So, our federal health minister spent the better part of the day flipping out over how people who take medical marijuana take medical marijuana. Some people don’t want to smoke it, and our supreme court recognized that… And you KNOW what that means… baked goods.

Full disclosure: yes, I’m a pain patient but no, I don’t use marijuana. Not that I wouldn’t like to.  It’s not a moral thing - my drug reactions are just next level. Something metabolically with me does not line up. And cannibinoids make me sicker than my pain and don’t provide me any pain relief. No one knows why.

Most narcotics make me sicker than my pain - something a bunch of people think is lucky - but prescription drugs are really all our family doctors have to help us.

If you manage to get believed that you genuinely have chronic pain, which is really difficult because everyone thinks you’re a faker and a drug seeker, the only thing most doctors are able to do is whomp you onto an opioid. That is literally the sum total of their medical training around non-acute chronic pain - to treat it like acute pain.

Yes -hospital based pain clinics are great for providing quality care and support for patients - it takes almost a year and a half to get seen at mine.

Good luck with that.

I fully support rational opioid use - but as a long-term treatment for a chronic disease, they’re riddled with issues. They have bad side effects, including major depression and liver damage. They lose efficacy over a fairly short period of time, and people often take more to no effect, or seek out other self medicating alternatives. They can be very dangerous - my friend died from a fentanyl overdose - and you need to have all sorts of education in using them appropriately.

It would be dumb to have something as ineffective over the long term as a painkiller be the only tool in your kit to manage severe pain, right? And yet this is the only thing most doctors are trained to do. Treat pain with a painkiller.

Further, most of the supports for chronic pain - physio, physical supports and specific physical training, hydrotherapy, massage, accupuncture, prolotherapy - none of these things are covered by the heath care system.

It costs me \$1200 a month out of pocket for these supports.

Without them, I can’t work. If I can’t work, I can’t afford the supports.

You see the issue. Ourosbouros. The snake is eating its tail. But I earn a decent wage and have benefits. This is what the government relies on, your insurance company is expected to pick up a bunch of the slack.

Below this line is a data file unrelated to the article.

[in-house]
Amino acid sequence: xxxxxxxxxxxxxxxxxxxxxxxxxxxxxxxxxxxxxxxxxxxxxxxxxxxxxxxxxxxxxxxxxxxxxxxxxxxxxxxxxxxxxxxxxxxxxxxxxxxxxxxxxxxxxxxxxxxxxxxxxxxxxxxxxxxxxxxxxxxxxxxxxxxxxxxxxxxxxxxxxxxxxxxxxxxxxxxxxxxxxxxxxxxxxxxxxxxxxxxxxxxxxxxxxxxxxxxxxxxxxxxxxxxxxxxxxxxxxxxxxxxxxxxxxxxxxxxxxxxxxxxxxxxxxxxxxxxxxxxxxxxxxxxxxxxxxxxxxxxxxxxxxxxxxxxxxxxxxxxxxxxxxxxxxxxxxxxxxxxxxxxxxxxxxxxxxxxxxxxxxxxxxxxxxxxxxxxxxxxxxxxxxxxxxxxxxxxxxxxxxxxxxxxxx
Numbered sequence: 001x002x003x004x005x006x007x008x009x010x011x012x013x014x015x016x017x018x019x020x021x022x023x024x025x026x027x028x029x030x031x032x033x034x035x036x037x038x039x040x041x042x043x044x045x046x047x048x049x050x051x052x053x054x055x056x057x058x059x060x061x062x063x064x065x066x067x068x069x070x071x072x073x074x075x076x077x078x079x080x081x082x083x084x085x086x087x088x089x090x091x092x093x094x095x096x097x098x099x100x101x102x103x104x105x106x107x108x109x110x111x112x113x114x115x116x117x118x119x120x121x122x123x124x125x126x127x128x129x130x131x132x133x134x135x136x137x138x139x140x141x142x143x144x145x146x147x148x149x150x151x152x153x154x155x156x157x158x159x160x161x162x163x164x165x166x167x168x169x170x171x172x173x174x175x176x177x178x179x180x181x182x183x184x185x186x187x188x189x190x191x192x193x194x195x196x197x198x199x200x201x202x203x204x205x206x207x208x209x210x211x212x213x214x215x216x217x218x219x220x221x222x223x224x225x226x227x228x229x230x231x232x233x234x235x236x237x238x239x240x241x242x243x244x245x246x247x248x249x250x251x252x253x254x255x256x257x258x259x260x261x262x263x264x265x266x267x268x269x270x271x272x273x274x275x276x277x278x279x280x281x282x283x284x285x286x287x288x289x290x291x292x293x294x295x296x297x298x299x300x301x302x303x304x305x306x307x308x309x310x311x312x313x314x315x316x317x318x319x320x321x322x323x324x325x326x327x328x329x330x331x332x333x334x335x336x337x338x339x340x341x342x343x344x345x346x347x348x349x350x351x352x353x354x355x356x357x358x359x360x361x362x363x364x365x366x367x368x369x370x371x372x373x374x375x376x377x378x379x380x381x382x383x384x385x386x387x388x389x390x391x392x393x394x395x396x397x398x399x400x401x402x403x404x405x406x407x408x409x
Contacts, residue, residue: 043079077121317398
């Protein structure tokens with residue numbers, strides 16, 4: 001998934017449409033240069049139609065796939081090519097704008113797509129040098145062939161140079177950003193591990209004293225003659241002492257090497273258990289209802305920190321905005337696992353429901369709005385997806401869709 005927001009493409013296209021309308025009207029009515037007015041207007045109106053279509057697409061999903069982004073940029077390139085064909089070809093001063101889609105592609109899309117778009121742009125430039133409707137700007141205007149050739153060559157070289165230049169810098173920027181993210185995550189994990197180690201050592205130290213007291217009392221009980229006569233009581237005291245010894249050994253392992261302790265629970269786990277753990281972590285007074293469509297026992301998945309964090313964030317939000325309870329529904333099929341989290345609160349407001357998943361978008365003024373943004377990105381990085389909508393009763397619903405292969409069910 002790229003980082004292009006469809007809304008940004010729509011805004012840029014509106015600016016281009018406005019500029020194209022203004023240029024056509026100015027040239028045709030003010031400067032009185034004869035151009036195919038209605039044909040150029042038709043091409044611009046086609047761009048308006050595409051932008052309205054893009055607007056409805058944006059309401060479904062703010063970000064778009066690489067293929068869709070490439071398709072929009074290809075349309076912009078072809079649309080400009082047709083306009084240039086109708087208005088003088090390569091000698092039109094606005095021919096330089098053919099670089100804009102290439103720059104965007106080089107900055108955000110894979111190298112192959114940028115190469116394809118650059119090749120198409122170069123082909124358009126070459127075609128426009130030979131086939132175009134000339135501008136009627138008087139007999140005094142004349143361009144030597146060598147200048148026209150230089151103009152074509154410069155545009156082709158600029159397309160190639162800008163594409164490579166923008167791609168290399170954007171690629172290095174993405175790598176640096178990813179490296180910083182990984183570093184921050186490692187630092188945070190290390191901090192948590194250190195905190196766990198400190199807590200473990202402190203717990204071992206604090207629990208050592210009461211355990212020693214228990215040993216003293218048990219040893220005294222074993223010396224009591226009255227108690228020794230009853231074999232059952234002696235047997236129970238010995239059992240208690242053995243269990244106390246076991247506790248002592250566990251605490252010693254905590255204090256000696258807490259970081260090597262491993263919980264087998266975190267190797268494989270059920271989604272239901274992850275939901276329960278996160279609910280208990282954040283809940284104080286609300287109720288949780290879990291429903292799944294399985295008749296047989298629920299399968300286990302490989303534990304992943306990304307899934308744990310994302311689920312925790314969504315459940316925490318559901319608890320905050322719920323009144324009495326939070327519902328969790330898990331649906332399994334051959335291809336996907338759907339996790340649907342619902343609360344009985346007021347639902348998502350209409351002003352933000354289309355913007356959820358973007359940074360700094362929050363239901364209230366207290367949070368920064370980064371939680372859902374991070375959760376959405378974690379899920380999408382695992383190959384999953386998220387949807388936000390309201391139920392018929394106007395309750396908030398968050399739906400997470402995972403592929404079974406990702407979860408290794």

Ironically, to have extended benefits, you need to work. And most pain patients cannot work, do not work, because workplaces are fairly inflexible about sitting at a desk or being on your feet from 9 to 5. Or require you to not be zoned out on meds.

And so they can’t afford the very treatments that would allow them to stay working.

No work. No money. That cuts out your social supports first, it marginalizes you, and then it chews away at things like your housing and your food. You go back to the doctor, you get more drugs.

Opioids are dirt cheap. What I spend in one month on all my physical medical interventions will keep you in percocet for two years.

So, for many, the cheap opioid is the only thing they have to survive.

Behold: a perfect storm for drug abuse, for addiction. Also a perfect storm for all sorts of other diseases piling on a person who is not being properly treated (cardiac problems, blood pressure problems, diabetes, liver problems) - diseases that *will* cost the health system in the long run - and cost far more than just funding some physio.

And you wonder why we have no money for health care.

So forgive me if I’m angry that the federal health minister is having a case of the vapours about some baked goods while doing absolutely nothing to improve the situation for people living in pain.

Pot brownies aren’t the problem. And be honest, everyone - the rage is because the leader of the third party supports decriminalization and this plays to the base.

The problem is politicians are so afraid of doing anything that will lose them elections that they forget what they were elected to do - and that is *govern*.  In some ways, having a tantrum about edible medical marijuana while ignoring other major issues is unethical and negligent.

You want fewer drugs on the street? Fewer addicts? More people working? Then *act* on the problem of there being no care for pain patients. Solve the problem. Do your job. GOVERN.

External image